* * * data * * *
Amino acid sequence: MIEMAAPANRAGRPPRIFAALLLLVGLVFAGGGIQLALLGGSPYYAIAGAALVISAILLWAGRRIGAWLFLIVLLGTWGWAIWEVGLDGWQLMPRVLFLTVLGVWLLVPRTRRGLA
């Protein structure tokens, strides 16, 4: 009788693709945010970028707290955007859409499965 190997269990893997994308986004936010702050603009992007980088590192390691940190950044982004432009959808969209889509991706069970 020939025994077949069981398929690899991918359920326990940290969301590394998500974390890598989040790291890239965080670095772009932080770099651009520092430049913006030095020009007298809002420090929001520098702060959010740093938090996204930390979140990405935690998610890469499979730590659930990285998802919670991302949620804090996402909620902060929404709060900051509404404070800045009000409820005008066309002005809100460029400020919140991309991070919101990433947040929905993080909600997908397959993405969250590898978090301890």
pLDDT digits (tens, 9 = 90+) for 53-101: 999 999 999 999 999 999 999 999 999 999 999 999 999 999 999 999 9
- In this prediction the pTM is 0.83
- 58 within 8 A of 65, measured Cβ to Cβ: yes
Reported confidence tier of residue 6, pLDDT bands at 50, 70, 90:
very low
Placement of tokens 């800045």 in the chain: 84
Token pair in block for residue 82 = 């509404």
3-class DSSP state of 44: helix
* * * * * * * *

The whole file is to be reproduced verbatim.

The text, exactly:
Amino acid sequence: MIEMAAPANRAGRPPRIFAALLLLVGLVFAGGGIQLALLGGSPYYAIAGAALVISAILLWAGRRIGAWLFLIVLLGTWGWAIWEVGLDGWQLMPRVLFLTVLGVWLLVPRTRRGLA
């Protein structure tokens, strides 16, 4: 009788693709945010970028707290955007859409499965 190997269990893997994308986004936010702050603009992007980088590192390691940190950044982004432009959808969209889509991706069970 020939025994077949069981398929690899991918359920326990940290969301590394998500974390890598989040790291890239965080670095772009932080770099651009520092430049913006030095020009007298809002420090929001520098702060959010740093938090996204930390979140990405935690998610890469499979730590659930990285998802919670991302949620804090996402909620902060929404709060900051509404404070800045009000409820005008066309002005809100460029400020919140991309991070919101990433947040929905993080909600997908397959993405969250590898978090301890």
pLDDT digits (tens, 9 = 90+) for 53-101: 999 999 999 999 999 999 999 999 999 999 999 999 999 999 999 999 9
- In this prediction the pTM is 0.83
- 58 within 8 A of 65, measured Cβ to Cβ: yes
Reported confidence tier of residue 6, pLDDT bands at 50, 70, 90:
very low
Placement of tokens 């800045």 in the chain: 84
Token pair in block for residue 82 = 């509404």
3-class DSSP state of 44: helix